When putting their lives at risk, journalists in the Amazon also deal with issues such as barriers to accessing information, geographical difficulties and lack of funding, as described in ‘O papel do jornalismo na defesa da Amazônia: uma análise comparativa do Brasil e da Colômbia’, a report released in May by the Brazilian Association of Investigative Journalism (ABRAJI) and the Foundation for Press Freedom (FLIP), from Colombia.

The chapter on the Brazilian western Amazon shows that local conflicts are triggered by the exploitation of the forest, such as deforestation, illegal mining, land issues and violence linked to criminal factions.

Catarina Barbosa
Catarina Barbosa conduzindo uma entrevista. Photo: Personal Archive

The rising tide of violence in Amazônia

The report, Fronteiras da Informação – Relatório sobre jornalismo e violência na Amazônia, produced by the Vladimir Herzog Institute, analyzed the situation of Amazonian journalists, registering and mapping journalists who work in the region. Reports obtained by the research show that the region is experiencing a rising tide of violence against journalists.

There were 230 cases of violence against journalists recorded in the last ten years. Pará stands out as the most violent state, with 89 of the 230 cases. In Amazonas, 38 cases were recorded, followed by Mato Grosso (31) and Rondônia (20). The trend towards restricting freedom of expression is shown by the number of legal proceedings filed against journalists in 2022, an election year. There were 249 cases – an increase of 14 per cent compared to 2018.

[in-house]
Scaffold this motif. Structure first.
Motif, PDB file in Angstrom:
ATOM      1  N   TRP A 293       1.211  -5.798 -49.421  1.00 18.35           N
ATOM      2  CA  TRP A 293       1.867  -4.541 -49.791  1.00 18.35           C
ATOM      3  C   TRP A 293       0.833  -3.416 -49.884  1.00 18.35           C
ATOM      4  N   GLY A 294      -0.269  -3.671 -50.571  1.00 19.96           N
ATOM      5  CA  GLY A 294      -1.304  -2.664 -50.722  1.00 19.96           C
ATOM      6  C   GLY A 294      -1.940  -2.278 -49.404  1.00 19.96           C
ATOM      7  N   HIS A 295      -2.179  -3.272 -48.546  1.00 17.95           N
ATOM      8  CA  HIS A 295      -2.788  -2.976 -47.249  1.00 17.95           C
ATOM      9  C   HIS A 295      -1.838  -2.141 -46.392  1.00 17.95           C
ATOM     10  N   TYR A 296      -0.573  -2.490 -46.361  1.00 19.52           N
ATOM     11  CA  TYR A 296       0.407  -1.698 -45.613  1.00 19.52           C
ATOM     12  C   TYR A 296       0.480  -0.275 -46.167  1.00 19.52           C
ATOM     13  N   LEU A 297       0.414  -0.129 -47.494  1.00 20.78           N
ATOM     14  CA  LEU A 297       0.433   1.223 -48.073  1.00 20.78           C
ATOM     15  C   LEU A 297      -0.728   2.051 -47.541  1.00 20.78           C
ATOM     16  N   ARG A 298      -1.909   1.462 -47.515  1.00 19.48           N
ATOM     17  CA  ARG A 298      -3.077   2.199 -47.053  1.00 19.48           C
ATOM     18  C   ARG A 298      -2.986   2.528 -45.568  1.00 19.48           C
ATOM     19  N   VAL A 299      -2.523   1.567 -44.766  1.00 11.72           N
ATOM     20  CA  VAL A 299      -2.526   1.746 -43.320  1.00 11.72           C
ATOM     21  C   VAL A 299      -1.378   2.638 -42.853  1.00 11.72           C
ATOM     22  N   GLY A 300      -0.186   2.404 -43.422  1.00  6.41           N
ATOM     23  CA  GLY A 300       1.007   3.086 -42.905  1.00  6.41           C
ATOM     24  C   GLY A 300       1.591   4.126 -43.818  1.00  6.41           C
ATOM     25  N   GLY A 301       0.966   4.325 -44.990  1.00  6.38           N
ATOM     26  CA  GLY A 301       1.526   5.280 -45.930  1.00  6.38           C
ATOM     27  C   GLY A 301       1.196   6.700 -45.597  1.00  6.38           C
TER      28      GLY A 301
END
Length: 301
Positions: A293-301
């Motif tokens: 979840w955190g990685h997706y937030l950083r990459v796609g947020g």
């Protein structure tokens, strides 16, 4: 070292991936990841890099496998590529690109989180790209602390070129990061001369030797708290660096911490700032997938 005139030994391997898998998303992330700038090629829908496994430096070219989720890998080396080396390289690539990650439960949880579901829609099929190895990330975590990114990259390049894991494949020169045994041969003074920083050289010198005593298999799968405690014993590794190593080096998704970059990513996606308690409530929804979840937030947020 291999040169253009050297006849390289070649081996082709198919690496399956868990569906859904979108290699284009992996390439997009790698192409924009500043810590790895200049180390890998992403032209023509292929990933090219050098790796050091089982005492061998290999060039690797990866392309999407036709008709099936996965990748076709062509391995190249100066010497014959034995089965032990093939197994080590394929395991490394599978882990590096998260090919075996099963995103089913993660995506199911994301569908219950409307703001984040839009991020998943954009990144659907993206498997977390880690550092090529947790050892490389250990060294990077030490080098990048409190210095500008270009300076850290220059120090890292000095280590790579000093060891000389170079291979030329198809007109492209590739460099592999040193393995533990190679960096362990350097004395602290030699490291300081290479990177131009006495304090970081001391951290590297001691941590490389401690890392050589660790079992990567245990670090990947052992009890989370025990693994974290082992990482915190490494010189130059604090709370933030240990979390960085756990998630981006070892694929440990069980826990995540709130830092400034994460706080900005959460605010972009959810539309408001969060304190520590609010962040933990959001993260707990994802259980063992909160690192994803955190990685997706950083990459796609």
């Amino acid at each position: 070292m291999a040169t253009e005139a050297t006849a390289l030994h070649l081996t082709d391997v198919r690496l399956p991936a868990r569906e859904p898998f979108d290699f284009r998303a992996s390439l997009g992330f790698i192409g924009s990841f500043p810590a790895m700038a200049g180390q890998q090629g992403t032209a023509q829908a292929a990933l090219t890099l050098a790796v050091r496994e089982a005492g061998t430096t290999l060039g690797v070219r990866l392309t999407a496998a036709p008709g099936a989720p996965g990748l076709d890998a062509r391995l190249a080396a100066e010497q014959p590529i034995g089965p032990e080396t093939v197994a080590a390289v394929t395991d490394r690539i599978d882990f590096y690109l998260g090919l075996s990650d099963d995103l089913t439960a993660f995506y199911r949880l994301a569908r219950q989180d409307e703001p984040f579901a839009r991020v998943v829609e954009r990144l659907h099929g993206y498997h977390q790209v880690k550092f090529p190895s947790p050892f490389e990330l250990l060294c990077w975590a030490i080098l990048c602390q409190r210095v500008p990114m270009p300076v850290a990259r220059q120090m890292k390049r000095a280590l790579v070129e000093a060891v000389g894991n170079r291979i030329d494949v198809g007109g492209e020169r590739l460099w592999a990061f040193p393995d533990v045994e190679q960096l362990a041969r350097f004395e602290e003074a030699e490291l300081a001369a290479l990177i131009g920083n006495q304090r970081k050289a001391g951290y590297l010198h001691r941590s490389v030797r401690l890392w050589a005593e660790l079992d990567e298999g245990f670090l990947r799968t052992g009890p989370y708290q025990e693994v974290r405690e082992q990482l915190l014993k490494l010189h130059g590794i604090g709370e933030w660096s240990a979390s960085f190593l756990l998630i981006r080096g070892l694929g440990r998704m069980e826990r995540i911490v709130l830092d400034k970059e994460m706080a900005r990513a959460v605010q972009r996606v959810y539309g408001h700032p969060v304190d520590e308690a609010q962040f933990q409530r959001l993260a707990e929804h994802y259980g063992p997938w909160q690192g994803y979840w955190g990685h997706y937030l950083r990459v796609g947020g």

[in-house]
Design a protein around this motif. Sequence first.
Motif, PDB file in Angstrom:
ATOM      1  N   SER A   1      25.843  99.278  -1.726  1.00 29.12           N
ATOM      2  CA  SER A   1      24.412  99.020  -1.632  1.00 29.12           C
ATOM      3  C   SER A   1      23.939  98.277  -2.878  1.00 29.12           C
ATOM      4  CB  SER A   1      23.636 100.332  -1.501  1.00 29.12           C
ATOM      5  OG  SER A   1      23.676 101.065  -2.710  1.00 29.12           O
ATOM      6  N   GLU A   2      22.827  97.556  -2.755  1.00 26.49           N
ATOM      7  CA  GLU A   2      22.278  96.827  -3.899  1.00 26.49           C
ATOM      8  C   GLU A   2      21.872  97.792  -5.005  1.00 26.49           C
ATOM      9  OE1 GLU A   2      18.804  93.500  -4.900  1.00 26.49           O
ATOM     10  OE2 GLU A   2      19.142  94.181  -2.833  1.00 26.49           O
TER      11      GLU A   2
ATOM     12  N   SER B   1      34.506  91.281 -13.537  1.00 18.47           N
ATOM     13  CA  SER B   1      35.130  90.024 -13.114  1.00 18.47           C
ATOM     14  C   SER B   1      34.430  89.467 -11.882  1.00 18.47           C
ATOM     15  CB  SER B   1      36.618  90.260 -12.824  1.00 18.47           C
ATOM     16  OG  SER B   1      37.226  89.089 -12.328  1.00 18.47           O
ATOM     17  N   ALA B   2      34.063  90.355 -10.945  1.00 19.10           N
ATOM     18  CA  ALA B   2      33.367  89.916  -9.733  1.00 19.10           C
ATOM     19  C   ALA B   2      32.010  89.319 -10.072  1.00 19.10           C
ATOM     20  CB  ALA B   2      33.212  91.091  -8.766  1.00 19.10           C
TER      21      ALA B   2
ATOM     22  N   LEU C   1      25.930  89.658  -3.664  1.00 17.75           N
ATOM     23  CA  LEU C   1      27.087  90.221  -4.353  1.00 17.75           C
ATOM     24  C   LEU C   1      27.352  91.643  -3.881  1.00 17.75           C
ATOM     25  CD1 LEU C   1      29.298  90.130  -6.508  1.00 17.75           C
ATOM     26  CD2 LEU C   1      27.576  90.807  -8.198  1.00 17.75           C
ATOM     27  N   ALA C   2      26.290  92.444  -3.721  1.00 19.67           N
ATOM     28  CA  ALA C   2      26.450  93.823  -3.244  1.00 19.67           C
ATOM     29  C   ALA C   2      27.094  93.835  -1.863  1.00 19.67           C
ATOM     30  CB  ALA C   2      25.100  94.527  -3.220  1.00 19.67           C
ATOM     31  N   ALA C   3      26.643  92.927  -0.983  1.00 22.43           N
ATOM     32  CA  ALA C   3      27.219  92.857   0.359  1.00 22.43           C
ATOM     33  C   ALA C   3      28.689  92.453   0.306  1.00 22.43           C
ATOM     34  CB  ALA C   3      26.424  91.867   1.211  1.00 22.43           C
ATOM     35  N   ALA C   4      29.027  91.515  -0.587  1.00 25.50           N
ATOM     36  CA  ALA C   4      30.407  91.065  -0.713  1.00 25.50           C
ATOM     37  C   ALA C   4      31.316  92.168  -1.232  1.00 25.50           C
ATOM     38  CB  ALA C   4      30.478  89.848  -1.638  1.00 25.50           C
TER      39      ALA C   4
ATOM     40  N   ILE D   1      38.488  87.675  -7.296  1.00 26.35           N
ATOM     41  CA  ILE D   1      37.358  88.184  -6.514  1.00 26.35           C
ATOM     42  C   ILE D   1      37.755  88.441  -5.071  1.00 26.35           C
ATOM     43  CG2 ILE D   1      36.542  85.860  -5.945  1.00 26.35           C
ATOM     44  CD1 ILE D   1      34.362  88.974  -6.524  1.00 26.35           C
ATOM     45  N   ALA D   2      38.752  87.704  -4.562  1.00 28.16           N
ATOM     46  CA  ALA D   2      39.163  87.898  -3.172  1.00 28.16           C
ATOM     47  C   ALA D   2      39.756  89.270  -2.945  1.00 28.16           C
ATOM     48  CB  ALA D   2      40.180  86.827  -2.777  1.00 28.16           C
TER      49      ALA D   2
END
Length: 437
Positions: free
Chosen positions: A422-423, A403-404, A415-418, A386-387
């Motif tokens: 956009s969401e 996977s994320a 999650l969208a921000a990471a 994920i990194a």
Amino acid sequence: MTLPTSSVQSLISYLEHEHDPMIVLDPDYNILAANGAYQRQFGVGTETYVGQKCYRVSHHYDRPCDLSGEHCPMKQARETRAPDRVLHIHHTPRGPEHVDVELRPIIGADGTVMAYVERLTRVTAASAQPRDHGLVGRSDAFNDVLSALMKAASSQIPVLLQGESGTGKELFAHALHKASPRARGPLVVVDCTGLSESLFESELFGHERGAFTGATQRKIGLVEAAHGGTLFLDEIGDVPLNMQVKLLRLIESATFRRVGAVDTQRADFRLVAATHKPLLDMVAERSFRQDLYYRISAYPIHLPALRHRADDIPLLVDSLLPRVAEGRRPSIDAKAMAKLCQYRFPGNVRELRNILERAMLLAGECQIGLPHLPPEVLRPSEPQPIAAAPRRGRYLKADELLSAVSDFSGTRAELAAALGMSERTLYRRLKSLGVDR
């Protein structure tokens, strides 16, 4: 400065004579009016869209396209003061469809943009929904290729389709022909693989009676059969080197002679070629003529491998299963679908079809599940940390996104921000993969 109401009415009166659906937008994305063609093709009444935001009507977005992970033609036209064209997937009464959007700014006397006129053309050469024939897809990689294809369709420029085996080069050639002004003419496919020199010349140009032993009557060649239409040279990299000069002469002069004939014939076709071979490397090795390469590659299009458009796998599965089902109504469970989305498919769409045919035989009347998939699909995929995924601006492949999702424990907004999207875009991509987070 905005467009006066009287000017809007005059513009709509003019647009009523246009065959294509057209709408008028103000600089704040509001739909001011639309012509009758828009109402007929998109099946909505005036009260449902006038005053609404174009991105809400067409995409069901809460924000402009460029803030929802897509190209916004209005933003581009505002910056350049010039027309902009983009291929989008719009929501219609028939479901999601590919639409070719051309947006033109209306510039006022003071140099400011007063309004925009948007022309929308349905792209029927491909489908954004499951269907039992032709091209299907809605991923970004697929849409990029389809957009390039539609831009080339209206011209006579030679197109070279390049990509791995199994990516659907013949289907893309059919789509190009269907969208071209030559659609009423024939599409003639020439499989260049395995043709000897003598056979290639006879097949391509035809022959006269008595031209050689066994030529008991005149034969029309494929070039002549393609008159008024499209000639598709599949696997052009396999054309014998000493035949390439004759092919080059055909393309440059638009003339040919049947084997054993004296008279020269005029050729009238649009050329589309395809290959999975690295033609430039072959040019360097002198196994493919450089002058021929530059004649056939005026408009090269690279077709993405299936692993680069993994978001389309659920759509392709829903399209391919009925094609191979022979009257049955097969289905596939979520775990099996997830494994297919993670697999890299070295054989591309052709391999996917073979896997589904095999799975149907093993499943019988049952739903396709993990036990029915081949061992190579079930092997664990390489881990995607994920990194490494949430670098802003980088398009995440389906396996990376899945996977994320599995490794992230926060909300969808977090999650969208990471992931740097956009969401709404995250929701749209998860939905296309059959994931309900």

Catarina Barbosa, a member of the ABRAJI board, an Amazon investigative journalist and feminist recognized for her work on human rights violations and socio-environmental issues in the Amazon region, says the most unprotected journalists are those who report on their own local area.

‘When you stay on home turf, you are much more vulnerable than a journalist who comes from outside to cover these stories. Security problems make it difficult to cover complex stories.’

Catarina Barbosa
Catarina Barbosa, ABRAJI board member

Barbosa says she has suffered intimidation during her field assignments in Pará. ‘It was common for employees of the company I was investigating to take photos of our team. It was more intimidation than a direct threat. In addition, press colleagues and advisors are so eager to defend their work that they can be quite threatening’, she says.